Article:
Money Trail: Big Business Means Big Fun for Congress Members at RNC

Federal loophole allows corporations to throw lavish parties, spoil congressmen.

September 23, 2008, 11:53 AM

September 4, 2008— -- MINNEAPOLIS -- From the moment they arrived at the Twin Cities airport, Republicans have been reminded that this convention is being brought to them by corporate America.

Including a Swiss-based bank, UBS, under investigation by the government for allegedly helping the rich avoid billions of dollars in US taxes. The bank says it is cooperating with Congressional and federal authorities.

"I think it's very clear that those who give to the host committees are getting access and influence that they desire, said Meredith McGehee of the Campaign Legal Center.

In addition to spending millions on lavish parties, big corporations have put up $58 million dollars for the Republican convention.

They put up about the same for the Democrats in Denver.

The heavy funding of convention events is thanks to a huge loophole in the federal election law that otherwise bans corporate money in politics.

"It's really ironic too because this whole federal election campaign law was developed because in 1972 the Nixon administration had set up a slush fund through the 1972 Republican National Convention," said Craig Holman of the congressional watchdog group, Public Citizen. "We've gone full circle."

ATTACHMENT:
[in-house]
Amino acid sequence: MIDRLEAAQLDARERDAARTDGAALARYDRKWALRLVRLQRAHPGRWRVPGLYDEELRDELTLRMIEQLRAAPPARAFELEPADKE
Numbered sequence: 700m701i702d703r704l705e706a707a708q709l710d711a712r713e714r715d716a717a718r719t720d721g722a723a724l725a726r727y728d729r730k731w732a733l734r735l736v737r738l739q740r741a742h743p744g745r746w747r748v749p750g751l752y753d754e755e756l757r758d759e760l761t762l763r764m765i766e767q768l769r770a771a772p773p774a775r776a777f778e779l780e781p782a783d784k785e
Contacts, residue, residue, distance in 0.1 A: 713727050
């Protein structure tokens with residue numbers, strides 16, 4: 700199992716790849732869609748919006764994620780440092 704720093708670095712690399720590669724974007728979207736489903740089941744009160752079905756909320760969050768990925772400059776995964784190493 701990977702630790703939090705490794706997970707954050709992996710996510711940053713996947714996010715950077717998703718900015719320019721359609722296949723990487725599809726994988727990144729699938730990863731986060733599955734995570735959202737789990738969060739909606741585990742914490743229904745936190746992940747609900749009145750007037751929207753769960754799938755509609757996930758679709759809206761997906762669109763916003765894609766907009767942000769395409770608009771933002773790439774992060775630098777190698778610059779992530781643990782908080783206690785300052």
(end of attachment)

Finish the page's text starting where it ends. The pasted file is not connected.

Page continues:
Nine conventions after Nixon, many of the corporate sponsors still try to keep what they're doing from being seen by the press or the public.

But inside, the corporations make sure the Congressmen know just who is responsible for the good times.

Rep. John Boehner (R-Ohio), the top House Republican, was seen dancing at the "Best Little Warehouse Party", an event put on by corporate lobbyists close to Boehner at the last four conventions.

In some places around town this week, the corporate logos were even flashed on giant TV screens.

It's a complete contradiction of John McCain's decade long effort to get corporate money out of politics.

"We have to have campaign finance reform and return the government to the people and take it out of the hands of special interests," McCain said in 2000.

Yet, at his nominating convention this week, the big money donors were seated in the prime skyboxes overlooking the proceedings below.

A kind of Republican royalty, whose multi-million dollar contributions to pay for this convention do not have to be disclosed for 60 days after election day.

"If we don't do anything about the way the conventions are financed, we have a danger that our democracy is going to be severely damaged by unequal access and unequal influence by convention donors," said Steve Weissman, of the Campaign Finance Institute.

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